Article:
It’s too much, but it’s SO too much that it makes a full rotation and stops dead over the island of awesome, which I guess in this case should be capitalized. Island of Awesome.


Bucket of Bazooka!

This kind of Bazooka packaging is gone now, right? It is in the States, at least. How the hell did that happen?

Bazooka was nobody’s favorite gum, but it was so insanely cheap that logic had to beat preference. Bazooka was traditionally a nickel a piece, and one of my favorite things to do was fill a wrinkly brown bag with a dollar’s worth of it. My hobbies needed work.

Things I remember about Bazooka gum:

1) I liked the come-ons for baseball cards and Bazooka shirts way more than I liked the comics.

2) The original flavor was the most ubiquitous by far. Grape only popped up every now and again, but cherry was so rare that you started hearing the Wonka song whenever you found it. (Green apple, despite rumors, plainly never existed.)

3) It also came in a tube, all soft and wet and tasting like sugary taffy. That shit was so good that I still go to bed asking God for a solid.


Super Nintendo Games!
($34.99 – $74.99)

I owned around half of the SNES games shown here, though I’d forgotten just how expensive they were. 75 bucks for Street Fighter II Turbo, in 1993?! (Worst part is, I can’t even claim that it wasn’t worth it. It so was.)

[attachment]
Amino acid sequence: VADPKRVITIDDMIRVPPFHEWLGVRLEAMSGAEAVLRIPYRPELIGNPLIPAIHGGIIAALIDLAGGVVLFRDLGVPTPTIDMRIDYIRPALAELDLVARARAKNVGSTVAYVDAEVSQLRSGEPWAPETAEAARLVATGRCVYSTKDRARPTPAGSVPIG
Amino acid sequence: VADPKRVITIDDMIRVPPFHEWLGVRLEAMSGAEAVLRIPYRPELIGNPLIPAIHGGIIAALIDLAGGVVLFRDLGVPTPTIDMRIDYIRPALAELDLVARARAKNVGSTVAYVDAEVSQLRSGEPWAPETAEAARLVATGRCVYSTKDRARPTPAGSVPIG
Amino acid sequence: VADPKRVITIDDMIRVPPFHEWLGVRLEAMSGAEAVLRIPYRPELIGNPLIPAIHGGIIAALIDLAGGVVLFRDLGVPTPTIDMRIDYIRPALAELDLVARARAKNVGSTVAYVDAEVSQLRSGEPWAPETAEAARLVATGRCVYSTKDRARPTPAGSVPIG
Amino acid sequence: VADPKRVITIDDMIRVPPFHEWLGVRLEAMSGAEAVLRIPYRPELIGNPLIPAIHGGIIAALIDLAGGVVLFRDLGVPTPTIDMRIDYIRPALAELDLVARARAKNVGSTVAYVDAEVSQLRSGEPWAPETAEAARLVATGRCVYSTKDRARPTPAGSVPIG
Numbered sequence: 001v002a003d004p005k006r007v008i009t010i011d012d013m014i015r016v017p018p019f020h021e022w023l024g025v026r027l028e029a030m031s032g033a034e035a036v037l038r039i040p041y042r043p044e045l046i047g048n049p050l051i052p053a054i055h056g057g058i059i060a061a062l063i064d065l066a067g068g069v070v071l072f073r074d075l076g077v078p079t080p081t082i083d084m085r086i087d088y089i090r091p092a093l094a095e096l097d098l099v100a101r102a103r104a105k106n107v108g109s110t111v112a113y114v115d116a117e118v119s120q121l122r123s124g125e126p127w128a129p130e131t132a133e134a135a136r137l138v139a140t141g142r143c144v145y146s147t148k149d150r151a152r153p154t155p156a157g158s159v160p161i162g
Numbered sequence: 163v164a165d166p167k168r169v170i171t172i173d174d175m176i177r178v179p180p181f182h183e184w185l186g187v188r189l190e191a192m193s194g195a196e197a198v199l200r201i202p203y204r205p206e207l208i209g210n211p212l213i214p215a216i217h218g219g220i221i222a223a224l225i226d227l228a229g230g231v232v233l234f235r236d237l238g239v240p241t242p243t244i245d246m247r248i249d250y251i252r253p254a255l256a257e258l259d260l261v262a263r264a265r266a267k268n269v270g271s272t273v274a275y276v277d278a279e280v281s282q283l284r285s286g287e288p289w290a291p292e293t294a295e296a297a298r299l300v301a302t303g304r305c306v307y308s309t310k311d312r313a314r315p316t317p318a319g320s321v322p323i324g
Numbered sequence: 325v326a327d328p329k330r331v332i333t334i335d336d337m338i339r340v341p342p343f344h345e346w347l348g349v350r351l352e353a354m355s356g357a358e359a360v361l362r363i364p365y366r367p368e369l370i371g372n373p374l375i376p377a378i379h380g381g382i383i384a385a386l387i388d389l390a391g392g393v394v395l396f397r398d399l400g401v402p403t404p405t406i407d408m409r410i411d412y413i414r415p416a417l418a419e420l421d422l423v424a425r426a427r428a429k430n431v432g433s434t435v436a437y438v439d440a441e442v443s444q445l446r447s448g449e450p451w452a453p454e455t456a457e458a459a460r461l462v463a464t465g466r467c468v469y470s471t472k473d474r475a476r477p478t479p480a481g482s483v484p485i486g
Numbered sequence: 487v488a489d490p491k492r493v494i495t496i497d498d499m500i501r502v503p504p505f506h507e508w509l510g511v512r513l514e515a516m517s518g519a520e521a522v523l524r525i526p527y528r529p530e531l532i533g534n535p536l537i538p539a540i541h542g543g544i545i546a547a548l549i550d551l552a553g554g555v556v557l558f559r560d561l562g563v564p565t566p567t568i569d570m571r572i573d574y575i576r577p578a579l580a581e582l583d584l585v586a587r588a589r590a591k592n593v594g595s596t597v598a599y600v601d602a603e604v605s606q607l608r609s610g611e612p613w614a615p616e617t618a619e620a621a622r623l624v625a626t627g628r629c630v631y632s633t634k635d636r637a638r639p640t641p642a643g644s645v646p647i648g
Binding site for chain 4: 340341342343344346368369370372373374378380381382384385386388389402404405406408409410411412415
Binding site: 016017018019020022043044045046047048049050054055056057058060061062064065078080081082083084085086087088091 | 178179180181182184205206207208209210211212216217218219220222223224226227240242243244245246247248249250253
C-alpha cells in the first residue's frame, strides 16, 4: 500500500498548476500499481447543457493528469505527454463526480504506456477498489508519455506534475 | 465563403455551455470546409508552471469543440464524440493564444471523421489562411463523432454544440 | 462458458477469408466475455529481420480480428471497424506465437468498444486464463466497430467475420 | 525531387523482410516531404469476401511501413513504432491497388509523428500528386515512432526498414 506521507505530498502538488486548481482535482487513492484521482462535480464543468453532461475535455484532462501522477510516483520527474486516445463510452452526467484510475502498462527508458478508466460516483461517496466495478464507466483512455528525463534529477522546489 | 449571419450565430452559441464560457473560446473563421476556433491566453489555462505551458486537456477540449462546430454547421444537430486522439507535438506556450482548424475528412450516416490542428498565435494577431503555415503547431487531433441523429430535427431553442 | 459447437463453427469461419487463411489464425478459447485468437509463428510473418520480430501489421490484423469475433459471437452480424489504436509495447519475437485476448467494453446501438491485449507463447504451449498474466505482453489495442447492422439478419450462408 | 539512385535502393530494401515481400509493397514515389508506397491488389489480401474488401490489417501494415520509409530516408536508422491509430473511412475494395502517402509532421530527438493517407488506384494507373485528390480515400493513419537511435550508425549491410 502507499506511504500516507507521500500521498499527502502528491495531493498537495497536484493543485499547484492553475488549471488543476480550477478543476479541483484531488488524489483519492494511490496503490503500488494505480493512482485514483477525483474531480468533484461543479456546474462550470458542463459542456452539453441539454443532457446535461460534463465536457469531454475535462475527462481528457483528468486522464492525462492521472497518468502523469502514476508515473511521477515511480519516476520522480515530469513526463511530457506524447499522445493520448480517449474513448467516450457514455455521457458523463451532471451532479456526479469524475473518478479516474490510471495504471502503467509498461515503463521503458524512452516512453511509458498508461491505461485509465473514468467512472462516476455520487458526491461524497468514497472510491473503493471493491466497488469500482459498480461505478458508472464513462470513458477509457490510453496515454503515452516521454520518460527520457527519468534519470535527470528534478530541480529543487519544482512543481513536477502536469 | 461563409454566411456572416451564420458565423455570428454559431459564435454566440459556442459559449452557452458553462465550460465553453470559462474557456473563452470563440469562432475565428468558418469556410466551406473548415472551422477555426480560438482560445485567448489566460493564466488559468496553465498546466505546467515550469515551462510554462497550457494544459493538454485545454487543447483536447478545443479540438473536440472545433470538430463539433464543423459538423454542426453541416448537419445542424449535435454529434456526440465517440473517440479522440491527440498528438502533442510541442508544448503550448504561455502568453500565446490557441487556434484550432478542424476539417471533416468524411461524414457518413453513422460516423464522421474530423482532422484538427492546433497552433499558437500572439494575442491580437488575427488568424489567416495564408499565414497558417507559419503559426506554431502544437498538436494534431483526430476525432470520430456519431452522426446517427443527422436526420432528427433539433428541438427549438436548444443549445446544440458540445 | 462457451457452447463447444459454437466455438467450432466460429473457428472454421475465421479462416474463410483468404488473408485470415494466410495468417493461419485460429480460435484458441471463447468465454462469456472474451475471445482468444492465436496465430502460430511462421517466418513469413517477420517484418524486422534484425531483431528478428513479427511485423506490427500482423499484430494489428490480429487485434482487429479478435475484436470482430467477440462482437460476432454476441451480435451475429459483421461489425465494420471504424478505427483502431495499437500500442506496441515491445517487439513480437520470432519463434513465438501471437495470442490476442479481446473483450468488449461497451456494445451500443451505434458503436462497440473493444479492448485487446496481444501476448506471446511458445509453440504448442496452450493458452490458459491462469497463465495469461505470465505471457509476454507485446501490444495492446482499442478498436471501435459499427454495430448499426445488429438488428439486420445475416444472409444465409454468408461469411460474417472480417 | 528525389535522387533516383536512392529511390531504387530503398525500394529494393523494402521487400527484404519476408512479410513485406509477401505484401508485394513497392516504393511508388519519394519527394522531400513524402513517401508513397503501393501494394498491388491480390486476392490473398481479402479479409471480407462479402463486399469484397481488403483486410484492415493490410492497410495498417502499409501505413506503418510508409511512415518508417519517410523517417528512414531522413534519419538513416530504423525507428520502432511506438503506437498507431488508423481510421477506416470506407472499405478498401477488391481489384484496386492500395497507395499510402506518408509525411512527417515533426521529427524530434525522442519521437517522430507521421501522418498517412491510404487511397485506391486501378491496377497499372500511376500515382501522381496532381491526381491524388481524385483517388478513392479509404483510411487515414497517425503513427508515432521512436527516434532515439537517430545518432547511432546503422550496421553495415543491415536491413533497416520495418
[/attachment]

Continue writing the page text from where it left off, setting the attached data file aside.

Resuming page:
I never felt the same mutant bond with my SNES that I shared with my NES, but the truth is that I got far more use out of the Super Nintendo. From Starfox to Mario Paint to Super Mario World to Mortal Kombat II, the neat thing about so many SNES classics was that you could play them for entire days without getting bored. In video game parlance, they were the fairy fountains from Zelda.


TMNT Sewer Tank Aquarium!

The Ninja Turtles had lost considerable steam and were only passively featured in this catalog, with just a few action figures and an iffy pajama set. Hidden in another part of the catalog was the one TMNT item really worth owning: THE SEWER TANK.

Part playset, part aquarium, the small, plastic tank was barely adequate for goldfish, let alone the live turtles suggested by the photo. Yet who would’ve asked for a Sewer Tank if a pet turtle wasn’t the goal? Pair that with its 40 dollar retail price, and any parent who bought this ended up double-fucked.


G.I. Joe Headquarters!

This version of the G.I. Joe Headquarters bore some resemblance to the 1983 original, but it definitely wasn’t a re-release. It doesn’t look too extraordinary here, but that might be because JCPenney didn’t photograph it in a mock bedroom with two smiling kids. Did any of you have this thing? I want details.

Interestingly, the figures shown on the playset weren’t a part of the G.I. Joe universe. They belonged to The Corps, a still-going and weirdly-beloved riff on the Joes that traded finer details for better prices.

Idea: Buy the G.I. Joe Headquarters and the Jurassic Park Command Compound, and merge them into the Jurassic Joe Headquarters Compound. Chain of command: Hawk, T. Rex, Scarlett, Dilophosaurus. And then I guess we’ll make the raptors Dreadnoks.


Marble Whirl Deluxe Set!

Wow, I’d totally forgotten about Marble Whirl! The set let you create vertical slides for marbles to run through, but I saw it for what it really was: A version of Mouse Trap that didn’t pretend to be a board game.

I may have been a bit too old for Marble Whirl, but you can get away with “aging down” during the Christmas season. I was home and I was on vacation; nobody was gonna see me building the Colosseum out of plastic marble junk. In a sense, this box of bizarre bubble pipes was Christmas in a nutshell.

Thank you for reading about toys (and gum) from 1993. Here are more of Dino Drac’s catalog reviews:

1991 JCPenney | 1990 JCPenney | 1984 Consumers | 1982 Sears